The Universality of the Canadian Health Care System in Question: Barriers to Services for Immigrants and Refugees

Kuile,S.; Rousseau, C.; Munoz, M.; Nadeau, L.; Ouimet, M. (2005)

International Journal of Migration, Health and Social Care

13(1) | 15-26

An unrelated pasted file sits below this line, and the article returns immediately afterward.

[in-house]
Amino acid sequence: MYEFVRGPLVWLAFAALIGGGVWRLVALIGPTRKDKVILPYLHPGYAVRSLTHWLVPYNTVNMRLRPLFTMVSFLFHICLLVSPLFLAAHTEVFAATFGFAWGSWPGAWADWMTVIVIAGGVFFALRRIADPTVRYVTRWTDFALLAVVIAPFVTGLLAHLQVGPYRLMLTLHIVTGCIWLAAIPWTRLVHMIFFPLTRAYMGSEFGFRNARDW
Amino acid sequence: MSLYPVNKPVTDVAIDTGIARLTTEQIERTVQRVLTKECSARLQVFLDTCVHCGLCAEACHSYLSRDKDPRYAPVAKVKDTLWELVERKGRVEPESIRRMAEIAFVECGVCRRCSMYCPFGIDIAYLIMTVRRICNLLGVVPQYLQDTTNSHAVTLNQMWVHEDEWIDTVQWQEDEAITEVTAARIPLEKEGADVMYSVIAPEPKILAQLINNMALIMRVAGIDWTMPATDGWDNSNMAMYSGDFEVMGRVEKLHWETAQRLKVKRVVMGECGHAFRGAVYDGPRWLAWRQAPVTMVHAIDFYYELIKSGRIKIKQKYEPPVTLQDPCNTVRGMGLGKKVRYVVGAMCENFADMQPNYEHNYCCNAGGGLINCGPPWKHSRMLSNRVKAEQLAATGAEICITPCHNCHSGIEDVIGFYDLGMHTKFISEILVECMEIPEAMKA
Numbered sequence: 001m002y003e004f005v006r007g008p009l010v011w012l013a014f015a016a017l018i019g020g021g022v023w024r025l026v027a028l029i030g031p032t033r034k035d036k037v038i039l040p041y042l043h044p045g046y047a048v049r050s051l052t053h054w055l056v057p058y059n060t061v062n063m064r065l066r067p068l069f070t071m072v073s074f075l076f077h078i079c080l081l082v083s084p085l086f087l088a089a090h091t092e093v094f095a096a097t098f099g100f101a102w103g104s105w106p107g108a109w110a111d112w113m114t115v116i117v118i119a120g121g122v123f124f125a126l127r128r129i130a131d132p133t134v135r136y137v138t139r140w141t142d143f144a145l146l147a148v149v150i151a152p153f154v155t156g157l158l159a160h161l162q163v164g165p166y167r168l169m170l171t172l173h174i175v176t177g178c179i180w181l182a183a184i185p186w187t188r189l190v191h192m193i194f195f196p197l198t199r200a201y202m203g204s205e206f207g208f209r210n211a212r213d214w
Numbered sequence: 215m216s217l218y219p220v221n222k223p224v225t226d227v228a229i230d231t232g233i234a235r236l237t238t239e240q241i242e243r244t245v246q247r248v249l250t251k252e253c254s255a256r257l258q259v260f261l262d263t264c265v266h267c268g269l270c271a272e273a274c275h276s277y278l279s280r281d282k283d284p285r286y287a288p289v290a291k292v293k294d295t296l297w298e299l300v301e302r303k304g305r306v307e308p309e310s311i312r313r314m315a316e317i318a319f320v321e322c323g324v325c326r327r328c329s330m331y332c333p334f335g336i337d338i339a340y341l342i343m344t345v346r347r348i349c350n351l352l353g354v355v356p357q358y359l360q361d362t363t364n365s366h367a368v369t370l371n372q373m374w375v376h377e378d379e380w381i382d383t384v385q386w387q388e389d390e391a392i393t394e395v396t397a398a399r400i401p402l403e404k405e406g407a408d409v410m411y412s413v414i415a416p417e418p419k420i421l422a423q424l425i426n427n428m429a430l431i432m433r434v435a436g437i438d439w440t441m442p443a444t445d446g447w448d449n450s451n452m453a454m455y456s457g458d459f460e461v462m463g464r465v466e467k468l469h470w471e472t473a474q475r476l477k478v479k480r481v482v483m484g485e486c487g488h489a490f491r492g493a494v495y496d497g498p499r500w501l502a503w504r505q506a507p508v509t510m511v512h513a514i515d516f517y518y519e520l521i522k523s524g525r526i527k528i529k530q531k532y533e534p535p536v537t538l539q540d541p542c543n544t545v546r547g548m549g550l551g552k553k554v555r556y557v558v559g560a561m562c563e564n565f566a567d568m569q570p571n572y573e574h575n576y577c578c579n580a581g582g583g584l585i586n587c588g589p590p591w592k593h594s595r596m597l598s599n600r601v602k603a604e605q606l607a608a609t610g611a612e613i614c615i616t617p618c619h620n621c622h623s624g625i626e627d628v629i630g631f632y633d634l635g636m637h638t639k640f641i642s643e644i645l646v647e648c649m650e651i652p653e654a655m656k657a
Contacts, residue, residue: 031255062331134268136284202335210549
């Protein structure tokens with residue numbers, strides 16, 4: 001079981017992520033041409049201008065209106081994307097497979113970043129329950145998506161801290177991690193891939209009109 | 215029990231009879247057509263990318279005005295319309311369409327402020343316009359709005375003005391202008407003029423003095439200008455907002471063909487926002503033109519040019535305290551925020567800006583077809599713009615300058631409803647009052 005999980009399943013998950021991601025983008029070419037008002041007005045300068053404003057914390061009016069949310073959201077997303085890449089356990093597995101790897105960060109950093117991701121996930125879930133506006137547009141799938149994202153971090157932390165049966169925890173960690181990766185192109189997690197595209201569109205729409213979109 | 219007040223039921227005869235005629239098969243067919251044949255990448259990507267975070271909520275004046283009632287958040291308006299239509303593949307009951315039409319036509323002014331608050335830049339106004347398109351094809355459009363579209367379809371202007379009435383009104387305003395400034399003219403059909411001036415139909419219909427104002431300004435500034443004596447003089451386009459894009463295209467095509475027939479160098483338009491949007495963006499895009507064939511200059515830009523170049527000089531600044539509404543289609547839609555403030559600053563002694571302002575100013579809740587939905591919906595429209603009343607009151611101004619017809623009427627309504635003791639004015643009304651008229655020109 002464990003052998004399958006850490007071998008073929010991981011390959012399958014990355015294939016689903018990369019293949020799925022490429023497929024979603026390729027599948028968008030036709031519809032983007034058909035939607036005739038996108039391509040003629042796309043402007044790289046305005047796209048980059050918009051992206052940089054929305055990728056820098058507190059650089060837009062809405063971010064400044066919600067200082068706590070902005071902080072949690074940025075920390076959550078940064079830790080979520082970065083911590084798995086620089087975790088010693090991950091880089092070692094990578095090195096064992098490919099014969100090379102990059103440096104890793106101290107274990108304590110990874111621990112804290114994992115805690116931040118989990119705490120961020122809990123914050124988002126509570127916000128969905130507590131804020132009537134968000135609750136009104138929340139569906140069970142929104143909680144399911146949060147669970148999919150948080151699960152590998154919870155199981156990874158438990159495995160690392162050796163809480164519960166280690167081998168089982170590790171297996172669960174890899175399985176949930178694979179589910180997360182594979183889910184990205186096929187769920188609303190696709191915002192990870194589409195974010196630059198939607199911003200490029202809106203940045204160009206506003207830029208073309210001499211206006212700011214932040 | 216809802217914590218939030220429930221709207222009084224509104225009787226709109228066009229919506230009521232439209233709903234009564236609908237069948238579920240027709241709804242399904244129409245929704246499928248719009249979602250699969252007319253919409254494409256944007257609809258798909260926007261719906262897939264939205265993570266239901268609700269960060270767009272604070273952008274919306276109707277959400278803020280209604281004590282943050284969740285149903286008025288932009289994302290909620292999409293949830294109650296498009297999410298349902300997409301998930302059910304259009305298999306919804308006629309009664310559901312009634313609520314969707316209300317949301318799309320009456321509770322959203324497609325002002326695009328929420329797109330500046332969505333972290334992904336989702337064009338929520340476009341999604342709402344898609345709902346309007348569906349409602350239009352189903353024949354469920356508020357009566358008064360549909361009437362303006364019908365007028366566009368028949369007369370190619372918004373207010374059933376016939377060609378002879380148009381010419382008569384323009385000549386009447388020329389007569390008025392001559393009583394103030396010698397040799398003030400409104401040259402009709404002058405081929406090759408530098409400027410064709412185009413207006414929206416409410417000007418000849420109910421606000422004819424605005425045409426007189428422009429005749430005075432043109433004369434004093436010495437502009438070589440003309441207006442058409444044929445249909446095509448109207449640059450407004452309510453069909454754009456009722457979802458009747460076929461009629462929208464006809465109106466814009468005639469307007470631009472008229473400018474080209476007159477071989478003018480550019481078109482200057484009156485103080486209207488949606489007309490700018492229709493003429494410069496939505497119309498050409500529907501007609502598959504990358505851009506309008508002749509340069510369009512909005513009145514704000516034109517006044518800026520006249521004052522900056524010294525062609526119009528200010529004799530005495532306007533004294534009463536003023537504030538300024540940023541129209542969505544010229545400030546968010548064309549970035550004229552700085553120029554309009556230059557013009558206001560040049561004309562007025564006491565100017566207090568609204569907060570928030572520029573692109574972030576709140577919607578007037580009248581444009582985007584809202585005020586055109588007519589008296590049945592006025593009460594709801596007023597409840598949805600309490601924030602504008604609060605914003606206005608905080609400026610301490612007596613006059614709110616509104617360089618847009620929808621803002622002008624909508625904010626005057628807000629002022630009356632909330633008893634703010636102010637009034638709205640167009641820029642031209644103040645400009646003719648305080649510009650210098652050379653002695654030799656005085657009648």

The universality of the health system in Canada is often emphasised to contrast the differences between the Canadian and American systems of access to care. However, changes in migration patterns and tightening of administrative procedures around undocumented persons are beginning to challenge this Canadian image. Currently, there is a lack of data to support the existence and the consequences of this shift. This pilot project documents health care professionals’ and community organisation workers’ perceptions of the problems faced by recent migrants in accessing health care, and the health consequences of such barriers. Results confirm the existence of numerous health care access problems for both completely undocumented migrants and legal migrants who fall into the cracks of the provincial and federal health systems. The data suggests that these barriers may have important unrecognised morbidity and mortality consequences, and that they are a source of severe stress and psychological distress. To protect recent immigrant families, there is a need not only to revise the articulation between the provincial and federal health mandates but also to address the strong societal perception linking universality of health care to the notion of citizenship. Further research is warranted on this emerging social problem, but the institutional sensitivity of these issues may constitute an obstacle to a more comprehensive understanding.